Predicted grades not good enough for where dd wants to study...worth applying anyway?(69 Posts)
DD wants to be a primary school teacher and has predicted grades of CCC. All the unis she is interested in ask for BBB. Today, her head of 6th form told her there was no point in even applying to her preferred unis and suggested other possibilities (apparently there are very few asking for the kind of points she's predicted and she's not wanting to go to any of them)
My question is - is there really no point in even trying? That seems utterly defeatist to me! In all honesty, I don't think she's capable of achieving Bs, but is there really no chance in hell that she might possible get offered a place somewhere she actually would like to study? I mean, isn't it entirely possible that applications will go down with the £9k fees being introduced etc etc?
If she can't even get Bs why be a teacher.
If your dd is predicted to get CCC and the grades that her preferred universities are asking for are BBB then she is really unlikely to get a place. They will have plenty of people predicted BBB or above and they simply won't make her an offer. Obviously if she were to do unexpectedly well in her A'levels and get the BBB that she'd need, then she could apply to get in through Clearing, but if she actually gets the grades that she's predicted then I think he's either going to have to change her career choice or opt for an institution that will make her a realistic offer.
No-one knows what the effect of the £9k fees will be, but I seriously doubt that they will reduce applications very much. Moreover, the government's plans to allow universities to take in more high-performing students (above their normal quotas) will almost certainly exacerbate the distinction that you've already come up against, between the more prestigious institutions which can afford to be fussy about who they take (grades-wise), and the less prestigious ones, which will make a low offer because they know that they are going to be struggling to fill their places. So, if the fees do result in a reduction in the number of applications, it'll be the places that are already in a weaker position that will suffer. [Disclaimer: I am crystal ball gazing here... could be totally wrong.]
I think that your dd needs to think seriously with her teachers and careers advisors about what kinds of things she could do with the grades that she's predicted. I hope that she's OK, dotty. It must have been hard for her to have heard that. I hope she can find a solution that will be good for her in the longer term.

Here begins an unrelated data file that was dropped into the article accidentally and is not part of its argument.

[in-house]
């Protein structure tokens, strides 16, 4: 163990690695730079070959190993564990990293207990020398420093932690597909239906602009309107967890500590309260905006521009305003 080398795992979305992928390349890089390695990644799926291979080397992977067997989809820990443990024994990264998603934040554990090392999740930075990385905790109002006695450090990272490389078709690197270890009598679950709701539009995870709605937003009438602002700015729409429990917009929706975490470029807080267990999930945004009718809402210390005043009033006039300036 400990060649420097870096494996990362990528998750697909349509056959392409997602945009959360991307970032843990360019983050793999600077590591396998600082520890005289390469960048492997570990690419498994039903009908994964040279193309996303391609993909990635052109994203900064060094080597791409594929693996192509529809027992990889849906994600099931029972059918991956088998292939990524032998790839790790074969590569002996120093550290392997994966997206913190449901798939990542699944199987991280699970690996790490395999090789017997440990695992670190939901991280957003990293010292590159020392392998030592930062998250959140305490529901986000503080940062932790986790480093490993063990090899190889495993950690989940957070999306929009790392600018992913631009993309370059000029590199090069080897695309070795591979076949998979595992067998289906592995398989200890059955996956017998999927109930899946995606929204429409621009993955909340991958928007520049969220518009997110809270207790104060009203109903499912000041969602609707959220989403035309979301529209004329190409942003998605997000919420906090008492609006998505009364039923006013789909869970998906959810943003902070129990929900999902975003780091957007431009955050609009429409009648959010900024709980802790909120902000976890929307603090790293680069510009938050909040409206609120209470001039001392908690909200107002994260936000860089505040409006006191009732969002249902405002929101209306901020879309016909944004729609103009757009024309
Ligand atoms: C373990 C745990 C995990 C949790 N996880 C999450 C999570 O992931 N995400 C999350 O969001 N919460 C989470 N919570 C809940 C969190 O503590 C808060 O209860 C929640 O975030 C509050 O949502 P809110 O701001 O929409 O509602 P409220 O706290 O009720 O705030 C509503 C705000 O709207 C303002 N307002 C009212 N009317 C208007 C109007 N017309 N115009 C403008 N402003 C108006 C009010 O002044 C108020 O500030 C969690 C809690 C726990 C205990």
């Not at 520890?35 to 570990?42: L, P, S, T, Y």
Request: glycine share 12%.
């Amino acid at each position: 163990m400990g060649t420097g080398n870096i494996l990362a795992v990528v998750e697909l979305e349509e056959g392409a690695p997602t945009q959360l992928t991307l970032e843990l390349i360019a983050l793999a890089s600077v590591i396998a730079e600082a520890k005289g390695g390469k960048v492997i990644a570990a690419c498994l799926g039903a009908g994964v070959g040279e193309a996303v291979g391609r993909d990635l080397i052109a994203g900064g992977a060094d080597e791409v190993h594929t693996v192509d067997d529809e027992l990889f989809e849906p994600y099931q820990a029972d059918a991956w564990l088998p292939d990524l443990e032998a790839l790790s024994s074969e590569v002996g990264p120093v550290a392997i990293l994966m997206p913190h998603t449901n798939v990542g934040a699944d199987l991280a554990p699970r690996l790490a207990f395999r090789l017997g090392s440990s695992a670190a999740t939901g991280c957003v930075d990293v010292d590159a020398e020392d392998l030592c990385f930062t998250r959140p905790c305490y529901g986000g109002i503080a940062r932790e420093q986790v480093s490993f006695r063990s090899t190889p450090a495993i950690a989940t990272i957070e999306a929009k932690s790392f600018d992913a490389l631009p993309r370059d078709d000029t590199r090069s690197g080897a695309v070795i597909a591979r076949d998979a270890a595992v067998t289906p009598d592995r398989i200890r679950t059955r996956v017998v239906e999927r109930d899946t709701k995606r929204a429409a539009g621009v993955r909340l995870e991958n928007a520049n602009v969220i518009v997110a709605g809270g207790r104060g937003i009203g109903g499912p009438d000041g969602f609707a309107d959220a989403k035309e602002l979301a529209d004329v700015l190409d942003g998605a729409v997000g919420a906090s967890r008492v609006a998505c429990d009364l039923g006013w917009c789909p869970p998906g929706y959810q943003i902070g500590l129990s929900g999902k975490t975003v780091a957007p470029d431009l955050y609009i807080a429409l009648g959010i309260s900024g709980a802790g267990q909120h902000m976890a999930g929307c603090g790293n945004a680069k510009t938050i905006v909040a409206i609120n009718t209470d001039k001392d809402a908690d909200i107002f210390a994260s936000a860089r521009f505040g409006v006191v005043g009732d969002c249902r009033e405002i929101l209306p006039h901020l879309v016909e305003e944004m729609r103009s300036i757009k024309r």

She needs to work on her teachers so that they will up their predictions!
This year is unknown territory with UCAS given the fee rise. I don't see any harm in applying to a couple of blue sky places. You do not have to pay anything to apply.
yikes - c grades I would say are not university grades. And I don't want my children being taught by someone who scrapped into or through university.
sorry, not what you want to hear i'm sure.
best of luck
OK so my take is that there's no point applying to places where she really doesn't want to go. And I kind of feel well why not at least give it a go. We are meant to be going to an open day at her number 1 choice next week and after what was said to her today, she's saying why bother? Totally you make a really valid point.... I will be so interested to see what happens. DD says that many of her friends have decided not to apply simply due to the fees situation. What a shame.
She would be an absolutely excellent teacher in KS1, despite apparently being thick harbingerofdoom . Maybe she will have to find another route to getting there, but I really think she WILL get there one way or another. When I sat my A levels (predicted AAA but got a poxy ABB , my friends who wanted to go into primary teaching only needed EE!
BTW there's no point in upping predictions to get an offer which you'd never manage to achieve the points for is there??
"scrapped" through?? I think there is more to teaching small children than mega brain power personally.....
I didn't say your daughter was thick dotty. she might indeed make an excellent teacher and there are different routes into teaching than through a university education.